You remember the story, right? How God kept the Israelites from starving in the desert by sending them free food straight from the sky, every single day? They called it manna which, loosely translated, meant “What is it?”
That’s just cool. And it actually doesn’t sound bad, does it? “The taste of it was like wafers made with honey” – kind of makes me think of Honey Nut Corn Flakes or Rice Krispies with sugar.
It settled on the ground along with the dew every morning. All they had to do was gather it up and prepare it in any one of a number of different ways and they’d have nutritious, filling food. No worries.
In the beginning, the Israelites tried to save some from one day to the next, just in case God didn’t come through. (They were worry warts just like us.) But that didn’t work. If they hoarded it, the manna would get wormy and start to reek overnight. They had to rely on God and scoop it up first thing every day or go hungry.
Theoretically, through this process, not only would they not starve, their faith in God would grow. They would learn to trust Him as their Provider and they would realize that no part of their survival was their own doing.
Of course, if you’ve read the Biblical story, you’ll recall the people got tired of a steady diet of the stuff, especially when that was all they had to eat for forty years. They started griping and complaining and it got ugly. Continue reading Looks like you could use some manna→
When I was a kid growing up in Key West, there was a young guy in our church, Charlie (not his real name). Every time someone greeted him with, “How you doin’, Charlie?” his response was always, “I’m tired.” Maybe he had a legitimate reason to be constantly exhausted, I don’t know. All I can tell you is, to this day the only thing I remember about that guy is he would always say he was tired.
I shake my head at that now, but I have to wonder, how many times do we – all of us – refer to ourselves in ways that are negative and, over time, allow them to become part of our very identity?
“Tired” seems minor compared to some labels we allow. We accept certain traits about ourselves as unchangeable or certain troubles as inevitable and we miss the truth that we often have a choice.
This morning, my pastor made this specific statement: “God is hard at work in your hopeless situation.” And I started thinking, “What in my life seems hopeless? And if God is hard at work, is it really?”
There’s so much water under this bridge between God and me. He and I have been in a relationship for a very long time. And this praying? I’ve been doing it for decades. I still can’t fully explain how it works but I can tell you, it does. And it feeds my soul.
Entire books – complete with spiral-bound study guides – have been written about prayer so plenty of deep theological scrutiny has already been done. I just want to share a few reasons I personally include you in my prayers: Continue reading This Is Why I Pray for You→
Early in my law enforcement career, I was assigned to an office in an economically depressed part of Indiana. I recall going out on one particular raid with fellow agents and police in a rundown housing project. When we barreled through the front door of this dingy apartment, there were small children sleeping on a ragged couch in the living room. The spectacle of a dozen or more police and Federal agents with guns, Continue reading The Humility of Being Replaceable→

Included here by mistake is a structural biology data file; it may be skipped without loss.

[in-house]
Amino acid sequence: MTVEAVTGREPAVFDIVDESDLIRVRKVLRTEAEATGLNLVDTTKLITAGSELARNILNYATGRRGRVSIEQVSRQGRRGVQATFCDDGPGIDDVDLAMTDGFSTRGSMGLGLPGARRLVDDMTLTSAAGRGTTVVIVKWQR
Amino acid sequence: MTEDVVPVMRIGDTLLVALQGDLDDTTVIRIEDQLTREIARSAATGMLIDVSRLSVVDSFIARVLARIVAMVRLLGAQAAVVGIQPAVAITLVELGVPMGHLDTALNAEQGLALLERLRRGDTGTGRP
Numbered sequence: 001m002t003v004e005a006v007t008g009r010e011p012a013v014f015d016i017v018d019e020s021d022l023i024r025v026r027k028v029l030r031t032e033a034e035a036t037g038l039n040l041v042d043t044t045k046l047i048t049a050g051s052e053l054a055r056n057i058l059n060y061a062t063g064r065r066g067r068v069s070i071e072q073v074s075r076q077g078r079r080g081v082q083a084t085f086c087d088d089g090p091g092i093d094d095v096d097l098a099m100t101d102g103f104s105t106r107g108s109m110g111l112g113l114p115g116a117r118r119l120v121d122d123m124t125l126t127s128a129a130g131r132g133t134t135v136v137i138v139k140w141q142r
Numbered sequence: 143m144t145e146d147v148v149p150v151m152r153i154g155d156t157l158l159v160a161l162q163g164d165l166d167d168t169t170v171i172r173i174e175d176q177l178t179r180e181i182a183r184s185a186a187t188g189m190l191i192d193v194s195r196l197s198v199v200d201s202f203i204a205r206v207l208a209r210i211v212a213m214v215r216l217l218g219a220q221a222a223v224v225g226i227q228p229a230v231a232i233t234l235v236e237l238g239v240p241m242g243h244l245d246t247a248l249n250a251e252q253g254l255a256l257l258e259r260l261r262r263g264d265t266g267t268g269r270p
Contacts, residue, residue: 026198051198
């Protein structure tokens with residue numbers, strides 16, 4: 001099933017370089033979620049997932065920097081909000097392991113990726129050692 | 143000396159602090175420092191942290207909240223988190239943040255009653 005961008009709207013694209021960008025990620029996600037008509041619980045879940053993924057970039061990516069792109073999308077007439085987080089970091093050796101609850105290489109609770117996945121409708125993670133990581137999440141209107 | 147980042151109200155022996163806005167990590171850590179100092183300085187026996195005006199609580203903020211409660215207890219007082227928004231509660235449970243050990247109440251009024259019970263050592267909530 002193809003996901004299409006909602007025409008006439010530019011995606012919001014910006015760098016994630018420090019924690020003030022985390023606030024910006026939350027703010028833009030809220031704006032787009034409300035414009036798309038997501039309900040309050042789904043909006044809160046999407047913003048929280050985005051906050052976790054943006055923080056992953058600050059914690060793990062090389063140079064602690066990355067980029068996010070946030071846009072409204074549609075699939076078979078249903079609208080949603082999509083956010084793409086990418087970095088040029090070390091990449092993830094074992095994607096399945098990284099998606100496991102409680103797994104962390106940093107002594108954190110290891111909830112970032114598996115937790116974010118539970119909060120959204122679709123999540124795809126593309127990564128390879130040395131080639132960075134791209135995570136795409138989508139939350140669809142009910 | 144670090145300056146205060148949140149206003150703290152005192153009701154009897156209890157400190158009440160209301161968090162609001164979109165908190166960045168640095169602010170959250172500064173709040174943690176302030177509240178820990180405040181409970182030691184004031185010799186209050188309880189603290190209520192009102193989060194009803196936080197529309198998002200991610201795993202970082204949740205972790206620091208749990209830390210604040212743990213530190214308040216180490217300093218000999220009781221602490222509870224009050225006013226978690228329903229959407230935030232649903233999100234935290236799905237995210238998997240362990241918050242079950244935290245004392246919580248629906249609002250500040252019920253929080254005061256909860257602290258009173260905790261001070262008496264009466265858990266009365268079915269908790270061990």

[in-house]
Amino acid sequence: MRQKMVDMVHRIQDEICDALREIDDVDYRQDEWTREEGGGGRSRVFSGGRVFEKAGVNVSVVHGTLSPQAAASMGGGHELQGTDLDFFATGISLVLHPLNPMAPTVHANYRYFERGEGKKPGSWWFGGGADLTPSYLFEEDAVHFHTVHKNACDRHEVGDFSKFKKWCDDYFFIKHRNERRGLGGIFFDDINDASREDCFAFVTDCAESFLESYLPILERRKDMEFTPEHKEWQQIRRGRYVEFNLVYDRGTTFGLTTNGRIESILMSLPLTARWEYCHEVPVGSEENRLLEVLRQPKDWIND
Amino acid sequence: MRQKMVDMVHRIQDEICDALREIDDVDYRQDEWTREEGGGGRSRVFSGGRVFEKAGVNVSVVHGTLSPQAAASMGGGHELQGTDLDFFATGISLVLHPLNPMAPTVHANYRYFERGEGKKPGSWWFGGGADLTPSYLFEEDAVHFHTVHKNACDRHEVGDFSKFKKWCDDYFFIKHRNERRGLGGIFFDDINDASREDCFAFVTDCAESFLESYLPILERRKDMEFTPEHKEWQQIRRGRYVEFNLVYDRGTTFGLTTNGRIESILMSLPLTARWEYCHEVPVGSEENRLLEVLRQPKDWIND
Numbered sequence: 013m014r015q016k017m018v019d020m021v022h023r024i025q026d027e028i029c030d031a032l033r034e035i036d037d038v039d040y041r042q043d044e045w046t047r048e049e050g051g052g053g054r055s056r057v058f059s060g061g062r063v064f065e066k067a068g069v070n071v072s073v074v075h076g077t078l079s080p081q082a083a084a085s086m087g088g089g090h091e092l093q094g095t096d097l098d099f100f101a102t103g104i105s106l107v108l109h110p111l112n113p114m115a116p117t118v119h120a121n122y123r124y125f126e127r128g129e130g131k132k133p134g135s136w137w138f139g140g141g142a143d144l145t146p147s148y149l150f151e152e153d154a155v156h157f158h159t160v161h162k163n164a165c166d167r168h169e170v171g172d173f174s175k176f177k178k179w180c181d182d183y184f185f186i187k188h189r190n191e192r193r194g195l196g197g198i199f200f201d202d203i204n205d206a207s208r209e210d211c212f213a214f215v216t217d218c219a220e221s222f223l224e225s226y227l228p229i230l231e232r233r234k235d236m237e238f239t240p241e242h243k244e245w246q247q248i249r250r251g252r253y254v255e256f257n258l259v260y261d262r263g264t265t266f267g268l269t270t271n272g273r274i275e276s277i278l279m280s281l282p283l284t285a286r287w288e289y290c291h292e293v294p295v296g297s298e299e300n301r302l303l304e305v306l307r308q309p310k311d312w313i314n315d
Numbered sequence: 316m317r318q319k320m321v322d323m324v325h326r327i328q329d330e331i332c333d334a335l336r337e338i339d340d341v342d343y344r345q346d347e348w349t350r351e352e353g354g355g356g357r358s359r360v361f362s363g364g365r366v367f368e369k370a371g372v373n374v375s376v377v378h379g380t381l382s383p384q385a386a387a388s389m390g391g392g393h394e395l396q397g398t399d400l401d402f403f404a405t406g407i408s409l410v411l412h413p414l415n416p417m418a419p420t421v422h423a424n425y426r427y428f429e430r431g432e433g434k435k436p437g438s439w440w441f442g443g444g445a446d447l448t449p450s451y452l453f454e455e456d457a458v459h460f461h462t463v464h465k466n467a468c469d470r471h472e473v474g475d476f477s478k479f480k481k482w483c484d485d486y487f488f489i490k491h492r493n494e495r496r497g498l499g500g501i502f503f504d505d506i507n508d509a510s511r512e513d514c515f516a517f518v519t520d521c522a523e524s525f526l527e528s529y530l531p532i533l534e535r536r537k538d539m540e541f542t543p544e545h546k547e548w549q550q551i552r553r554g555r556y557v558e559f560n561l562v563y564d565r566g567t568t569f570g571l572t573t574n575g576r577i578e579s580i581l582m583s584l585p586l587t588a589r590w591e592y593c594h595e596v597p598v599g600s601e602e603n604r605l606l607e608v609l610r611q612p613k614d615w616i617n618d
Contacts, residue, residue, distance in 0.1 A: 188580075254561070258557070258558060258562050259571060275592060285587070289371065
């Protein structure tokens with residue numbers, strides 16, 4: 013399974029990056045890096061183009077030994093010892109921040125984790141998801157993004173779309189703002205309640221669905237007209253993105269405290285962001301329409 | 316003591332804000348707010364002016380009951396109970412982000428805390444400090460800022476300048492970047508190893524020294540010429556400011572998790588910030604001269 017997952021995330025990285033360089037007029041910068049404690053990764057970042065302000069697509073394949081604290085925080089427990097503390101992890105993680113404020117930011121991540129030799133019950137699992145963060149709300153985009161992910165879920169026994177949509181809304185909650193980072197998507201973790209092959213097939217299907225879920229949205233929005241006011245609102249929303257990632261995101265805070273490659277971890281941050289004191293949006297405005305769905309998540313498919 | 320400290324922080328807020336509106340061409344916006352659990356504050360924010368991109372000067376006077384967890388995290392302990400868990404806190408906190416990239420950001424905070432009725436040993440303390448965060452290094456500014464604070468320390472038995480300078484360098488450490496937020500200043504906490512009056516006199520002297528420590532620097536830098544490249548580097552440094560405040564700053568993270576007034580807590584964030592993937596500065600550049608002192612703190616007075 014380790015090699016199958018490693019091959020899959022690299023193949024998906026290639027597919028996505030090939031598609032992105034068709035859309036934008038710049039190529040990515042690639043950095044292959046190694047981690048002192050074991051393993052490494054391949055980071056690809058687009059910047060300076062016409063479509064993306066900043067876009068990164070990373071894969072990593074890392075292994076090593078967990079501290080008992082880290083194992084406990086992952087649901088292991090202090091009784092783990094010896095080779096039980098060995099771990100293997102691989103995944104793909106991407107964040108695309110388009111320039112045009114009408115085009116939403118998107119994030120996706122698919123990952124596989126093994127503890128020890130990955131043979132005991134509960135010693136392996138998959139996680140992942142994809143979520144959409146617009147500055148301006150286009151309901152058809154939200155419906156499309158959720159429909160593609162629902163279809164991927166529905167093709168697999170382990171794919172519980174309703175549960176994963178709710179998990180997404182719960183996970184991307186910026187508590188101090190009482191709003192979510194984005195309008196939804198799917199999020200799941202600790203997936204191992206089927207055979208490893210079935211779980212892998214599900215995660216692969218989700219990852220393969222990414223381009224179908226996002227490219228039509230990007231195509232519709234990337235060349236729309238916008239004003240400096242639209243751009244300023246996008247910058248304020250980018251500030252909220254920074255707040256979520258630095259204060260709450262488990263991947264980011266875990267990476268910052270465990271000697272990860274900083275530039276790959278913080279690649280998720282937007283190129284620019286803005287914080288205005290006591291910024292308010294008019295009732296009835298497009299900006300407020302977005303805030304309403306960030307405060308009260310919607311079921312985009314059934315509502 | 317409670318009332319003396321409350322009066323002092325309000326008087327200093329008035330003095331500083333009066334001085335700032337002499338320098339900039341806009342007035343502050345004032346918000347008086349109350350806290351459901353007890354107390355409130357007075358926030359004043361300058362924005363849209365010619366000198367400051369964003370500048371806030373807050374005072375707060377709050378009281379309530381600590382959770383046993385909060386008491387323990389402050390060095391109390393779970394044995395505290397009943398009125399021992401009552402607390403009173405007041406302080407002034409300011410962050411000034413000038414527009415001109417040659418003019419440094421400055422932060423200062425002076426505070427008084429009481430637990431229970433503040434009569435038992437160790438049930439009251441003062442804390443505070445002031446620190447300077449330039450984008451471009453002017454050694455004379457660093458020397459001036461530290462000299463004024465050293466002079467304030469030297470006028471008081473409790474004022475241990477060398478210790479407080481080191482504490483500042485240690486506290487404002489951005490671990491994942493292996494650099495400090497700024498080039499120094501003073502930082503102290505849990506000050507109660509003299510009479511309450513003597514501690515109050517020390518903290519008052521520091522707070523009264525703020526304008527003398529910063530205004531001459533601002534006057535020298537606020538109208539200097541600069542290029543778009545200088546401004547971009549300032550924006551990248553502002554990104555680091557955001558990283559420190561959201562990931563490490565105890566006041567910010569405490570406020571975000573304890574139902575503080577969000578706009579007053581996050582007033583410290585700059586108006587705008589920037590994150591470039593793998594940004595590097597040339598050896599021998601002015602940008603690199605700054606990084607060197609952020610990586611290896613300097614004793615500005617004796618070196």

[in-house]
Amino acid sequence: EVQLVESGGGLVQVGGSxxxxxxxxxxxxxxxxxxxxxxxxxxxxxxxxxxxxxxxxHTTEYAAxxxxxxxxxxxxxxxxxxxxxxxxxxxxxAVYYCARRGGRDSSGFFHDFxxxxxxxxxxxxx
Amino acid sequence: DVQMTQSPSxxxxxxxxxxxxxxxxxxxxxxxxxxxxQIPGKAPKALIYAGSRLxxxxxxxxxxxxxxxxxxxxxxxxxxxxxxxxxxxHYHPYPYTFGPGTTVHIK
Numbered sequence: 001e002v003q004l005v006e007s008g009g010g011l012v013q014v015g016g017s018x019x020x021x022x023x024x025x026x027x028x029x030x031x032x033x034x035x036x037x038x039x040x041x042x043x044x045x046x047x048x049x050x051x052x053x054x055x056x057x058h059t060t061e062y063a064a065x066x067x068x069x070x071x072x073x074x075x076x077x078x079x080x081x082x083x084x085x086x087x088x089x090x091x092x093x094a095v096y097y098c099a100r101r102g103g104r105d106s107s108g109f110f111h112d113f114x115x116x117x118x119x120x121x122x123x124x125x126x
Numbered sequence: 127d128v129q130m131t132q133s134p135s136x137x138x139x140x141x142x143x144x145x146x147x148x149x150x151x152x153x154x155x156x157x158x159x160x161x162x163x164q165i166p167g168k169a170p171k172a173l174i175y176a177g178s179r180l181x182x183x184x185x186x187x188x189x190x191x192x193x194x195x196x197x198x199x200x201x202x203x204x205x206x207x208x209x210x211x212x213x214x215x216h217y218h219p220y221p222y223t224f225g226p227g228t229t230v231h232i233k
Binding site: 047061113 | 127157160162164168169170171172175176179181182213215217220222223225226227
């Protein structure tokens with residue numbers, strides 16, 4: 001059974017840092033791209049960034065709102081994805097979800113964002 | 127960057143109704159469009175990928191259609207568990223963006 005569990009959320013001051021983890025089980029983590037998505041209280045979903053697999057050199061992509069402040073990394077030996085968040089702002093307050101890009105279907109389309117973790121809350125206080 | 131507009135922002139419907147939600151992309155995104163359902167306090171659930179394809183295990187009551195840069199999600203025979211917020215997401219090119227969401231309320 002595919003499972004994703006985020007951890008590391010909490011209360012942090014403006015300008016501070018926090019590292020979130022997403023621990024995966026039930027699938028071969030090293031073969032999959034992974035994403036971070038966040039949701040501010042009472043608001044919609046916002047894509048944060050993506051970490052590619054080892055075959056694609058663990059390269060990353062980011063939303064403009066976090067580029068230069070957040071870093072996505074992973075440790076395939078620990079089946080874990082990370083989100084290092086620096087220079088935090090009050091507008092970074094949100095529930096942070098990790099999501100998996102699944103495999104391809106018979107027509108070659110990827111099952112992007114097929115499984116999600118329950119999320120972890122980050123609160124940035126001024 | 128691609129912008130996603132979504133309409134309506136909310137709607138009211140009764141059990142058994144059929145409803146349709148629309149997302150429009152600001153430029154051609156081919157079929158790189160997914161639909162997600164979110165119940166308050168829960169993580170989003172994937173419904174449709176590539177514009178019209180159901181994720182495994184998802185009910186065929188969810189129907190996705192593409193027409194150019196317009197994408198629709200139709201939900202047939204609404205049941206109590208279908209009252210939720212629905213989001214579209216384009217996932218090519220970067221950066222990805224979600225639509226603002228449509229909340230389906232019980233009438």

I chose to be part of the OneWord365 movement this year – the idea being that instead of making New Year’s resolutions, you prayerfully select a single word and focus on it for a full year, noting how it influences your life each day. I chose “harmony” as my word for 2013. This is my update on how it’s going.
Did you ever buy a new car and suddenly it seems every third car you see on the road is the same make and model as the one you just bought? (Excuse me, when did the whole world decide to buy a Toyota Prius??)
That’s how it is for me with HARMONY.
Everywhere I turn, I’m noticing this word. I see it referenced in the Bible, I come across articles that address it. Even in conversation, harmony comes up regularly.
That tells me this is definitely a concept I need to focus on.
It’s Saturday and, as I mentioned last week, on Saturdays I’d like to share content related to singles. This post originally appeared on SingleMatters; married or single, I hope you find it helpful!
Why is it that once some (not all) people get married, they seem to have all the answers for their single friends? They are now success stories, automatically qualified to share dating advice, suggest possible matches, and impart wisdom, for they have “arrived”.
Some will even happily preach you a sermonette about how to find the partner God has in mind for you. (Which assumes marriage is God’s plan for everyone and that there is such a thing as a soulmate for you out there – a topic worthy of much deeper discussion and that was recently addressed with great eloquence here. But I digress.)
In their enthusiasm, they usually mean well. And to be fair, not all their suggestions are unwelcome. Some may even be helpful.
On Saturdays, I’d like to focus on singles in this blog, since many who are single feel they are leading “workaround” lives. (I was a single parent for 18 years; I get that.) I’ll be sharing content here from SingleMatters, a blog I write with Marie Shepherd, and also sharing insights from other relevant sources and writers. A variation of the post that follows originally appeared on SingleMatters last April.
Have you ever participated in a “Fun Run”? Maybe it was only a few miles, to raise money for a worthy cause. There was no real pressure and you really didn’t give a moment’s thought to actually winning your age bracket.